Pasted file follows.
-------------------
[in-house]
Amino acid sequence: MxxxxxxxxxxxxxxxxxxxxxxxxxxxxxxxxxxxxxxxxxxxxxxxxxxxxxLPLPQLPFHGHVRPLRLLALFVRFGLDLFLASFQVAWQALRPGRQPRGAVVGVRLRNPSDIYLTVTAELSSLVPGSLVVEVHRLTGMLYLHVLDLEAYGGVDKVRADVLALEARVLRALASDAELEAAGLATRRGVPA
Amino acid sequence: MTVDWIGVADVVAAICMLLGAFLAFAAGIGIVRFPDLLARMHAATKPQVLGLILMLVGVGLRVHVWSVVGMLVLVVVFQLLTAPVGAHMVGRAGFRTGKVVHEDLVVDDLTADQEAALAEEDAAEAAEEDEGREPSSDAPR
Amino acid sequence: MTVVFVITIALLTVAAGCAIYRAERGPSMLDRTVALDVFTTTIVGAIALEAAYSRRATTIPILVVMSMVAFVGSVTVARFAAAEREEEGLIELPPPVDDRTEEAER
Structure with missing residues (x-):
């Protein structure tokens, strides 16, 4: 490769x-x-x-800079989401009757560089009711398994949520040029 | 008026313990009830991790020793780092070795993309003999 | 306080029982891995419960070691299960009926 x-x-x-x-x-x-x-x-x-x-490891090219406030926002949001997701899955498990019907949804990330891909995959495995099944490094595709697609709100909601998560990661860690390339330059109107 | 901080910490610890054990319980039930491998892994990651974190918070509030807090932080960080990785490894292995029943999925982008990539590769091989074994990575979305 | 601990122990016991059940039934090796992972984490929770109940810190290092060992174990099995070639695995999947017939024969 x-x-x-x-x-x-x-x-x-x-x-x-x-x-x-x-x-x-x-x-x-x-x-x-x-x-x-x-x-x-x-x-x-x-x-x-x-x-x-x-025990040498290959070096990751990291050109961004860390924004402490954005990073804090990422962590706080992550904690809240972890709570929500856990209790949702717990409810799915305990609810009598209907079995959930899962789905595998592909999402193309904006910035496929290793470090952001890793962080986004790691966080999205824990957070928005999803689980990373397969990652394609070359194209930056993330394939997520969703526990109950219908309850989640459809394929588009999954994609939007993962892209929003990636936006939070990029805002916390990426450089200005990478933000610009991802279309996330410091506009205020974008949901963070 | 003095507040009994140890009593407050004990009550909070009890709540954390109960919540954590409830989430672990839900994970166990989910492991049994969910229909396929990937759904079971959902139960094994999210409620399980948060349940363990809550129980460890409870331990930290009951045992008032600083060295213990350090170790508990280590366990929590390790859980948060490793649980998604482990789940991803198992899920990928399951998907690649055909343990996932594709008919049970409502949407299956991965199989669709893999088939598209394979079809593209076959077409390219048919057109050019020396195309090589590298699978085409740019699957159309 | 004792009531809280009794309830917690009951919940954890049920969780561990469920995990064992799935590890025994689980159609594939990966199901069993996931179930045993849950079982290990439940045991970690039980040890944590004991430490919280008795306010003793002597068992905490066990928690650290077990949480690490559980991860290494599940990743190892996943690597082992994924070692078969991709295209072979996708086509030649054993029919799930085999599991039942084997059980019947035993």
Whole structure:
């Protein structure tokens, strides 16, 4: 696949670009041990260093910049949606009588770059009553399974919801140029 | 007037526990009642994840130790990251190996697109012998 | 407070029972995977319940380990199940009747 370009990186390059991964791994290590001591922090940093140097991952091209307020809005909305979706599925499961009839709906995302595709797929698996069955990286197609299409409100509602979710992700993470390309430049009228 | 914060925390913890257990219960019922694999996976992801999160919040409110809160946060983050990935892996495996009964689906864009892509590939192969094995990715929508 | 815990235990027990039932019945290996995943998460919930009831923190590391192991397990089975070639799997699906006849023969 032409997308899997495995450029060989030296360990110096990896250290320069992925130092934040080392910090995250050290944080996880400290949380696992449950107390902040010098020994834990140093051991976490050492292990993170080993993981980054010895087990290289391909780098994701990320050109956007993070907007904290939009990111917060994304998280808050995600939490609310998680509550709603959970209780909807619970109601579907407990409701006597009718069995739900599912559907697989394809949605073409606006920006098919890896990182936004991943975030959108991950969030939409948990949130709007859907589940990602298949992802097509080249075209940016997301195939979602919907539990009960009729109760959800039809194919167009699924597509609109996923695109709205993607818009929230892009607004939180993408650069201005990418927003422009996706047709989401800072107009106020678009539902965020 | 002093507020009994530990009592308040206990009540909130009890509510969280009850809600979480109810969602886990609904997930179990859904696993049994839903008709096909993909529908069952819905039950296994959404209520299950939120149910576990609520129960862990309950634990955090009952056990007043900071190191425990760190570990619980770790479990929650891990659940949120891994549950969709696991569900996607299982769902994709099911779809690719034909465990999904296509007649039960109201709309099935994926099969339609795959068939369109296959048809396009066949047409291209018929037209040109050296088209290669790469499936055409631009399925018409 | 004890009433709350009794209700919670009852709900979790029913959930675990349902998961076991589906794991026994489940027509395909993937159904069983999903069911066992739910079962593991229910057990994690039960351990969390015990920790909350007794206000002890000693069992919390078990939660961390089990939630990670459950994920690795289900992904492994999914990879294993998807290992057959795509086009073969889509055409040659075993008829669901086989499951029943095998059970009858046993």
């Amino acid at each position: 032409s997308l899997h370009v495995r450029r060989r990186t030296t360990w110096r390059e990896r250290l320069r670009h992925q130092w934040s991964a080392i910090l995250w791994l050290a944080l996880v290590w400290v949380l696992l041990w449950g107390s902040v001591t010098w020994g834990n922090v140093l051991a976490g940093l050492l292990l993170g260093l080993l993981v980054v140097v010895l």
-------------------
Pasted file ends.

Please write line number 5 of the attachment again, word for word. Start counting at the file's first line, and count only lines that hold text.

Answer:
Structure with missing residues (x-):